step-by-step Stories January 2, 2013

‘Fix’ allows you to install Windows Bootcamp on new iMacs with 3TB drives

If you haven’t heard, those who purchased a new Mac with Apple’s built-to-order 3TB hard drive option found themselves unable to utilize Boot Camp assistant to install Windows. Boot Camp Assistant is currently limited to drives up to 2.2TB. Apple hinted that support might come at a later date, but TwoCanoes shares a step-by-step guide for getting the job done in Boot Camp until then:

Since it is not possible to get around the 2.2 TB limitation with booting Windows, it is possible to organize the partitions so that Windows is the last of the first four partitons and is within the first 2.2 TBs of space on the drive. Since the Mac can see the remaining space above the 2.2 TB limit, this space can be used for addtional storage space for OS X.

In order for Windows to boot successfully and still be able to utilize all of the available space on a 3 TB (or larger) hard drive, Windows must be installed on the fourth partition. You can use Disk Utility to create the partition, but since Disk Utility does not show hidden partitions, it can be difficult to see what is going on if some partitions are hidden. To have Disk Utility show hidden partitions, open Terminal and run the following command:

You can get the full instructions on TwoCanoes here.

step-by-step Stories July 23, 2012

Mountain Lion installed on a MacPro1,1, here’s how to do it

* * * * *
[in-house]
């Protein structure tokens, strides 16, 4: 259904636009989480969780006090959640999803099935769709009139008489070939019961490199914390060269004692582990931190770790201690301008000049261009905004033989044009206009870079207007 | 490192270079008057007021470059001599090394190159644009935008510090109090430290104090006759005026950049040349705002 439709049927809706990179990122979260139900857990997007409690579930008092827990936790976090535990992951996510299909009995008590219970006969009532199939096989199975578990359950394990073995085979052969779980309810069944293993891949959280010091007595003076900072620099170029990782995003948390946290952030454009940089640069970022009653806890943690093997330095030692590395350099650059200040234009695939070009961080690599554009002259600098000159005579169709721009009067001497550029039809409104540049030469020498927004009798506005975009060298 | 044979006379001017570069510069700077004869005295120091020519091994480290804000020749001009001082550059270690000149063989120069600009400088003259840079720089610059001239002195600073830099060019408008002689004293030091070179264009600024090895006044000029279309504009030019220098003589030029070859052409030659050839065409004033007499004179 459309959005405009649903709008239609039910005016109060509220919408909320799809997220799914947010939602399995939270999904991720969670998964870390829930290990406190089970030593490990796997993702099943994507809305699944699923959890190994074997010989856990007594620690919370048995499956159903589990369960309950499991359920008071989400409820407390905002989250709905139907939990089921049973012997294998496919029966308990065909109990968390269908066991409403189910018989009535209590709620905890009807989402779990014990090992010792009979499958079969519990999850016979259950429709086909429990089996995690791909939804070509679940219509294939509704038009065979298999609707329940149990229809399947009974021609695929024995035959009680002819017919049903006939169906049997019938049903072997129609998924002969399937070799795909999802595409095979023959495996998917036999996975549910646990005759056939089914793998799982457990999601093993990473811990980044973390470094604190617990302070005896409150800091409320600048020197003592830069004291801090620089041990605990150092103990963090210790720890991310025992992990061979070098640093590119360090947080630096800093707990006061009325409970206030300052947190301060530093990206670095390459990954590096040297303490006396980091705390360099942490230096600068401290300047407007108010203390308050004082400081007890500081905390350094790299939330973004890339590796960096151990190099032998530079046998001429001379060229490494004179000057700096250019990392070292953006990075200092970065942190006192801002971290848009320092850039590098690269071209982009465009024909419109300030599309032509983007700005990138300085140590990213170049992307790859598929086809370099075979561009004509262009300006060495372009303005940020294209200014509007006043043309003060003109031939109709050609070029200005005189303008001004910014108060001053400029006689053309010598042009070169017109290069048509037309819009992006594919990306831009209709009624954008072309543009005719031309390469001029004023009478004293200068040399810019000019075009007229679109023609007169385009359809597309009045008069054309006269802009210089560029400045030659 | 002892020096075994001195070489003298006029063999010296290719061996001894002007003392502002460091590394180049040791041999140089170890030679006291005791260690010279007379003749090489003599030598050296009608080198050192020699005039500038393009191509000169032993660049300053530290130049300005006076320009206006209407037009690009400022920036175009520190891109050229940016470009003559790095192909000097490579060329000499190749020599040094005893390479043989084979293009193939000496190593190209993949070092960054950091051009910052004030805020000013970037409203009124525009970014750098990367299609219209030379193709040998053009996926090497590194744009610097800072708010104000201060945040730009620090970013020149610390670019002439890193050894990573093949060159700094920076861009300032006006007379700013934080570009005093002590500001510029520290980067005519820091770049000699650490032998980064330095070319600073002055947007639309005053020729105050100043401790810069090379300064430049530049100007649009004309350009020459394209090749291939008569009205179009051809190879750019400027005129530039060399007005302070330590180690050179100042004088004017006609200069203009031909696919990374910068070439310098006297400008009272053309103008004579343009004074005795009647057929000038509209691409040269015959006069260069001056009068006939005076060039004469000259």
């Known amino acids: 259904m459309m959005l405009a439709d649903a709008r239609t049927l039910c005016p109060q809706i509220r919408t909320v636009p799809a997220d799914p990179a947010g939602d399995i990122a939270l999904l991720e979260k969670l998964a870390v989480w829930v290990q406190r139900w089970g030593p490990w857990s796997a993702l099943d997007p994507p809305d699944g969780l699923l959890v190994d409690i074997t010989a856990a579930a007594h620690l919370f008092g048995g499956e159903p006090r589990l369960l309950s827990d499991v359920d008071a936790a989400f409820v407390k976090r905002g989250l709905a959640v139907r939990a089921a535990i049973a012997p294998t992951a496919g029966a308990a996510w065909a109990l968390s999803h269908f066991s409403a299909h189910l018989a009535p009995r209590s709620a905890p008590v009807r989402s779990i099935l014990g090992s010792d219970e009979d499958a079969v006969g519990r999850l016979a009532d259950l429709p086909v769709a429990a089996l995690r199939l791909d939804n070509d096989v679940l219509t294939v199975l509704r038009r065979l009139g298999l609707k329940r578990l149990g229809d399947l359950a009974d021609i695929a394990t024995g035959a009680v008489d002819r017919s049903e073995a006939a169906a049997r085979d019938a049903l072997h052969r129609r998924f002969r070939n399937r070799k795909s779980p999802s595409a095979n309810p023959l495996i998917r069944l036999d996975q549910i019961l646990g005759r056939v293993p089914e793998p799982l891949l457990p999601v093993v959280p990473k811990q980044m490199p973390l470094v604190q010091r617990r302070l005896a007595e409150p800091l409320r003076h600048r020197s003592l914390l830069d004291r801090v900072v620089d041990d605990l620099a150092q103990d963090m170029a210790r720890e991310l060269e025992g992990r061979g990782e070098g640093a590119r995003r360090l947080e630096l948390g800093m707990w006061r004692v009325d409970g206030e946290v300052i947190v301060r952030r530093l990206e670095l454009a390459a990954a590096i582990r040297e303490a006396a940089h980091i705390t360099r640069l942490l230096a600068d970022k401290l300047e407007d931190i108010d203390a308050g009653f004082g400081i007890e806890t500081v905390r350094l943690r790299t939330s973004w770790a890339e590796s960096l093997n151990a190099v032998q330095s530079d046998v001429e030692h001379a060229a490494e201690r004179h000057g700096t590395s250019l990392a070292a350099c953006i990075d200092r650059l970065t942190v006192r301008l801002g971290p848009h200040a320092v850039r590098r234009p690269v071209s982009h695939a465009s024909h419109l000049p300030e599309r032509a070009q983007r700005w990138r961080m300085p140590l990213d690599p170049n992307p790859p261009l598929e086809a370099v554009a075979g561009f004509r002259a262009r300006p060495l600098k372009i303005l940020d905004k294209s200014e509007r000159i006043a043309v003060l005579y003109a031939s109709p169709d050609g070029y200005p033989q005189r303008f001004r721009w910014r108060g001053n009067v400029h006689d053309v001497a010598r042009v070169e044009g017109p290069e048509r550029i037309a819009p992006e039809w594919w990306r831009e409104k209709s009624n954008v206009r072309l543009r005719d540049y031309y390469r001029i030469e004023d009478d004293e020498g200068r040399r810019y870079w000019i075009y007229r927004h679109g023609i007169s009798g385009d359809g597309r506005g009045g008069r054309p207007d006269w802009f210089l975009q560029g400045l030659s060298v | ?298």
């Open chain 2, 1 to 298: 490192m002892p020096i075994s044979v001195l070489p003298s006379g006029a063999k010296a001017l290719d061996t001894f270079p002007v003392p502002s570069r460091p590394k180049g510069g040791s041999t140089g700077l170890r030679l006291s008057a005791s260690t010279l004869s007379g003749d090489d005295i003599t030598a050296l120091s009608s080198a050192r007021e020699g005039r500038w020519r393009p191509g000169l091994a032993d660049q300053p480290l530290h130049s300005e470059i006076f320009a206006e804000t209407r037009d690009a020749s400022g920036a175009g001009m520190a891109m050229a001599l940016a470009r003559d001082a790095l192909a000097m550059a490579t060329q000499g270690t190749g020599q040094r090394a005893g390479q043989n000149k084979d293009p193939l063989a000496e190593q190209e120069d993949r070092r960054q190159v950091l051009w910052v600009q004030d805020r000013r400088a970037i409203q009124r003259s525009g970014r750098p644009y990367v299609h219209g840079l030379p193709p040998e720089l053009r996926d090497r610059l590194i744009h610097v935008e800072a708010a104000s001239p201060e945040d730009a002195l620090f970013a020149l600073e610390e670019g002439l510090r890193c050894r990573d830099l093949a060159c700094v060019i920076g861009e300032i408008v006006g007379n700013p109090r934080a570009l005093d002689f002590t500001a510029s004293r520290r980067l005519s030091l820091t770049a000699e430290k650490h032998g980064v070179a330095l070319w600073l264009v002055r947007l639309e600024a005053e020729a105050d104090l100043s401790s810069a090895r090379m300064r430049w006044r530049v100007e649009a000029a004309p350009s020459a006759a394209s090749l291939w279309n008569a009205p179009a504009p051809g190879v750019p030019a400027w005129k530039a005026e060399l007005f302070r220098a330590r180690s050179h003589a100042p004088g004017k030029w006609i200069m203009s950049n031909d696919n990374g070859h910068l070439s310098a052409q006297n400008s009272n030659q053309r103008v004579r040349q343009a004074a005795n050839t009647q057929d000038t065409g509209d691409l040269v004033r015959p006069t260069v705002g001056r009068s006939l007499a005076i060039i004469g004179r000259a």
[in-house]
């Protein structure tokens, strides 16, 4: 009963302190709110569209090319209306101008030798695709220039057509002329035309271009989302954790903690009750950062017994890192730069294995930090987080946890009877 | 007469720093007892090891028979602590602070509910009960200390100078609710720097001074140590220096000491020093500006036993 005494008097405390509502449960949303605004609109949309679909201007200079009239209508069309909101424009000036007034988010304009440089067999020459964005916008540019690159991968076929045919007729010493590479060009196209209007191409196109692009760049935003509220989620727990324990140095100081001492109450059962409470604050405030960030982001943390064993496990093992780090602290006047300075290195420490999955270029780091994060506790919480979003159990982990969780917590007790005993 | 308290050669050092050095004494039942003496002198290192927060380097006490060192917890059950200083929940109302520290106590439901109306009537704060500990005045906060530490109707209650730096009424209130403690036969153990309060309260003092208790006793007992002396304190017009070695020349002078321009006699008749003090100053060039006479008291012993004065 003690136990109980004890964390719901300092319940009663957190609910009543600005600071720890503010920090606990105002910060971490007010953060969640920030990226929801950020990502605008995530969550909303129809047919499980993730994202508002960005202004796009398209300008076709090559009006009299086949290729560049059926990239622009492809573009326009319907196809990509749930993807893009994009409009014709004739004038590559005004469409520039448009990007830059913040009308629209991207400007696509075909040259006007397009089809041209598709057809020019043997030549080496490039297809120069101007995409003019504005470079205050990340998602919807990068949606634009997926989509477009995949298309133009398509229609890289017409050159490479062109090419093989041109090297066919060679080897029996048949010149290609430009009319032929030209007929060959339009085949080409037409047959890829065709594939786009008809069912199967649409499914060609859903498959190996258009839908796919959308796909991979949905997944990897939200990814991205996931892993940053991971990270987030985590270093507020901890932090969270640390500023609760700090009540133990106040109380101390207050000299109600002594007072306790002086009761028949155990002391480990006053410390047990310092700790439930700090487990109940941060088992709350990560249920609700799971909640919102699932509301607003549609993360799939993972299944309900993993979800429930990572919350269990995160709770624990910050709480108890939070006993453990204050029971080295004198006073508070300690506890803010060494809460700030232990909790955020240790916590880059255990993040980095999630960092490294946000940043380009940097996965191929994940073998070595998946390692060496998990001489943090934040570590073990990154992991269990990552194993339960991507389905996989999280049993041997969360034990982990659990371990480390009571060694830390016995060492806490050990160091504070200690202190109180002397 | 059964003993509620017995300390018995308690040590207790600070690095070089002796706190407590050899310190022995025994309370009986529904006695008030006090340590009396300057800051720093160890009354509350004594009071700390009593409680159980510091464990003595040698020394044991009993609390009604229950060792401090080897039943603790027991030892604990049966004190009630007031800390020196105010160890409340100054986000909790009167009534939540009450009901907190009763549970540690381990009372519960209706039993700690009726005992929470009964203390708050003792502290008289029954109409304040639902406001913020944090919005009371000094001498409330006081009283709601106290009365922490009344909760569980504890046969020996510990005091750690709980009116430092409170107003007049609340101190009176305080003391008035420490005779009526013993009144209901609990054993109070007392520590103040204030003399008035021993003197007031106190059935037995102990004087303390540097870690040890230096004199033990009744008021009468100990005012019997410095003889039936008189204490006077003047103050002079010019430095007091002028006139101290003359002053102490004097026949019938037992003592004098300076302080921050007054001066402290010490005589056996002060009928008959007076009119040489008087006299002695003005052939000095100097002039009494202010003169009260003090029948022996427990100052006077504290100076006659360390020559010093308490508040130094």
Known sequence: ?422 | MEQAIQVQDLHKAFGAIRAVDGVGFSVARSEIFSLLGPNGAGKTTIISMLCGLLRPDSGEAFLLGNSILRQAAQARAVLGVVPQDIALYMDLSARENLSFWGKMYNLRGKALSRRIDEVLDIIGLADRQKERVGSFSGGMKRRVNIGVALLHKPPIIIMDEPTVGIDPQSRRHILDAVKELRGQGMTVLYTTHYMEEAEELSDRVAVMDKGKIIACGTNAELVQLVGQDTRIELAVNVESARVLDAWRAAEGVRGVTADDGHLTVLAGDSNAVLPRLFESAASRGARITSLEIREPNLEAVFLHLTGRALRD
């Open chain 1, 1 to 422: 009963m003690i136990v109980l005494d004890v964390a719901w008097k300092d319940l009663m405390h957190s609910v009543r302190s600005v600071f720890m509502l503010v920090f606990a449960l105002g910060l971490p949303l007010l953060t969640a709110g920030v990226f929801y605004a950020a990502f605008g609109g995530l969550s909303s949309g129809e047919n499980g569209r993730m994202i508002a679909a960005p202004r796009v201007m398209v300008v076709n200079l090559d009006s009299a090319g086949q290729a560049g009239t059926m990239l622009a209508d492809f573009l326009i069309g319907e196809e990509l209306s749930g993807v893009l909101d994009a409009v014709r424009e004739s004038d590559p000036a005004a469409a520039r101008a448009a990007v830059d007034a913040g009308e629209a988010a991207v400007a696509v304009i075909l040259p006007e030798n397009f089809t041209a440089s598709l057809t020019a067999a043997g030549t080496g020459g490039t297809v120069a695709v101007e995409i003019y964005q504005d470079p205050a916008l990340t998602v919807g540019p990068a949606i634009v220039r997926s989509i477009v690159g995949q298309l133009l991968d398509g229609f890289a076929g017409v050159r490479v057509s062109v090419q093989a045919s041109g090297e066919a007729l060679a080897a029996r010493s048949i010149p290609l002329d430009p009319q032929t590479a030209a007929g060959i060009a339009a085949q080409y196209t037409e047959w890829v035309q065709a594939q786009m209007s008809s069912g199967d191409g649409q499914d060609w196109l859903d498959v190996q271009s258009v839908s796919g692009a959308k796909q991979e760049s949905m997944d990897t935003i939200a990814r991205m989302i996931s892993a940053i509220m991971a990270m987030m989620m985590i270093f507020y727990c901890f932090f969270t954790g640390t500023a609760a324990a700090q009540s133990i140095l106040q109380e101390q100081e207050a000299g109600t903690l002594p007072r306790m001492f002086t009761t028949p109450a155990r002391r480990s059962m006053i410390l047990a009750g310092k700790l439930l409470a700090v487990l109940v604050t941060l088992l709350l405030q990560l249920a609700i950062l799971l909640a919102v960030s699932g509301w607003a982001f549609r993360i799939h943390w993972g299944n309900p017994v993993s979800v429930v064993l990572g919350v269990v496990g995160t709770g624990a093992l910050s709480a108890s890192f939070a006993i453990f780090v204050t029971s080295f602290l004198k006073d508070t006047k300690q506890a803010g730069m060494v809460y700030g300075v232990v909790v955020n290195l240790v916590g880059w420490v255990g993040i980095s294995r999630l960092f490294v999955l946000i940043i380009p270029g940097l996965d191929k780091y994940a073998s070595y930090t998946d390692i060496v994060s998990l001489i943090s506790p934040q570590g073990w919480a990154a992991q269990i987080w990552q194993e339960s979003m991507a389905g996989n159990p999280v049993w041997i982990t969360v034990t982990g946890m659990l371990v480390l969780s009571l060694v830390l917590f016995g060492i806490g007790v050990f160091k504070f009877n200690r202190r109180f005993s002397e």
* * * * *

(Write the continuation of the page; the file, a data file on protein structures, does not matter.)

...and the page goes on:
As pointed out by OWC, a step-by-step instruction guide has popped up courtesy of Mac user Jabbawok that details the steps necessary to get Mountain Lion running on a MacPro1.1 (the models first introduced in 2006). It is not the easiest process ever, forcing you to upgrade the graphics card, have access to a spare SATA HDD, and go through a couple of dozen or so more steps inside Chameleon bootloader, terminal, and elsewhere. The good news is this means there are not a lot of Intel Macs that won’t be able to handle Mountain Lion. You can check out the instructions here, if you are interested, and the author gave a brief explanation below on what prevents the MacPro1.1 models from running Mountain Lion in the first place:

There are two things that prevent 10.8 from installing on a MacPro 1,1. The first is the lack of EFI64. Mountain Lion as has no support for 32bit kernel and extensions so it will not boot. This is true of many early Intel macs… The other thing is that checks are made by the installer; against a supported machines list. If your mac isn’t on the list, it refuses to install.

On a related note, you might make use of popular Mac backup and cloning app Carbon Copy Cloner throughout the process. The app was just updated to version 3.5 with a number of new features including Mountain Lion compatibility.

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